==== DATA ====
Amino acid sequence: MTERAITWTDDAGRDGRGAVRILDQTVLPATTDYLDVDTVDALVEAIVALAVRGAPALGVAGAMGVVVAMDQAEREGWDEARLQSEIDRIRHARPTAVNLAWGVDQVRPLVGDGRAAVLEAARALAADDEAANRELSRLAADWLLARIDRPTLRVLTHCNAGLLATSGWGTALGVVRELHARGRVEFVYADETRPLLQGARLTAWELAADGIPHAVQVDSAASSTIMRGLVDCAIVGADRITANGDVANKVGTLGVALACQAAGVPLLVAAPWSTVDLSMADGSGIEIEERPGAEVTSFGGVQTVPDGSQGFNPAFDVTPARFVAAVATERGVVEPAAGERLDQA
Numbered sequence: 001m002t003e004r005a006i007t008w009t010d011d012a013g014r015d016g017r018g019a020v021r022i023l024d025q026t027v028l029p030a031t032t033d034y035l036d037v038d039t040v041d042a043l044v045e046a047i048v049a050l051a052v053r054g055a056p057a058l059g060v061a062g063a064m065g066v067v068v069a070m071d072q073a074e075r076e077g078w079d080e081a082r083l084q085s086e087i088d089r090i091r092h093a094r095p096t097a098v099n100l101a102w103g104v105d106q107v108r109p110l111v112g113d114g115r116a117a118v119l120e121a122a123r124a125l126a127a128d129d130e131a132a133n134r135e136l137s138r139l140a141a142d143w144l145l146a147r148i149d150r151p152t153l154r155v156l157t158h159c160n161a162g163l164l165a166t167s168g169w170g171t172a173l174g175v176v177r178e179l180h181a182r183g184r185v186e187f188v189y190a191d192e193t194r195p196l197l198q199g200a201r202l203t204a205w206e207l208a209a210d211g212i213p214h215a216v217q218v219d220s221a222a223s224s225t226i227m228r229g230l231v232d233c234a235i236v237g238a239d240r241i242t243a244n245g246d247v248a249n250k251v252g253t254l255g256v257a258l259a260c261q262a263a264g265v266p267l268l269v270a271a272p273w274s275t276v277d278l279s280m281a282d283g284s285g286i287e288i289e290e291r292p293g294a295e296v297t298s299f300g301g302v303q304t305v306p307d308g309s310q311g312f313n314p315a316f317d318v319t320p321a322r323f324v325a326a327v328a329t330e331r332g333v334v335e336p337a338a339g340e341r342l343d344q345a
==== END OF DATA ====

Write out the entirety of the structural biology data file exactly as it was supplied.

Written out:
Amino acid sequence: MTERAITWTDDAGRDGRGAVRILDQTVLPATTDYLDVDTVDALVEAIVALAVRGAPALGVAGAMGVVVAMDQAEREGWDEARLQSEIDRIRHARPTAVNLAWGVDQVRPLVGDGRAAVLEAARALAADDEAANRELSRLAADWLLARIDRPTLRVLTHCNAGLLATSGWGTALGVVRELHARGRVEFVYADETRPLLQGARLTAWELAADGIPHAVQVDSAASSTIMRGLVDCAIVGADRITANGDVANKVGTLGVALACQAAGVPLLVAAPWSTVDLSMADGSGIEIEERPGAEVTSFGGVQTVPDGSQGFNPAFDVTPARFVAAVATERGVVEPAAGERLDQA
Numbered sequence: 001m002t003e004r005a006i007t008w009t010d011d012a013g014r015d016g017r018g019a020v021r022i023l024d025q026t027v028l029p030a031t032t033d034y035l036d037v038d039t040v041d042a043l044v045e046a047i048v049a050l051a052v053r054g055a056p057a058l059g060v061a062g063a064m065g066v067v068v069a070m071d072q073a074e075r076e077g078w079d080e081a082r083l084q085s086e087i088d089r090i091r092h093a094r095p096t097a098v099n100l101a102w103g104v105d106q107v108r109p110l111v112g113d114g115r116a117a118v119l120e121a122a123r124a125l126a127a128d129d130e131a132a133n134r135e136l137s138r139l140a141a142d143w144l145l146a147r148i149d150r151p152t153l154r155v156l157t158h159c160n161a162g163l164l165a166t167s168g169w170g171t172a173l174g175v176v177r178e179l180h181a182r183g184r185v186e187f188v189y190a191d192e193t194r195p196l197l198q199g200a201r202l203t204a205w206e207l208a209a210d211g212i213p214h215a216v217q218v219d220s221a222a223s224s225t226i227m228r229g230l231v232d233c234a235i236v237g238a239d240r241i242t243a244n245g246d247v248a249n250k251v252g253t254l255g256v257a258l259a260c261q262a263a264g265v266p267l268l269v270a271a272p273w274s275t276v277d278l279s280m281a282d283g284s285g286i287e288i289e290e291r292p293g294a295e296v297t298s299f300g301g302v303q304t305v306p307d308g309s310q311g312f313n314p315a316f317d318v319t320p321a322r323f324v325a326a327v328a329t330e331r332g333v334v335e336p337a338a339g340e341r342l343d344q345a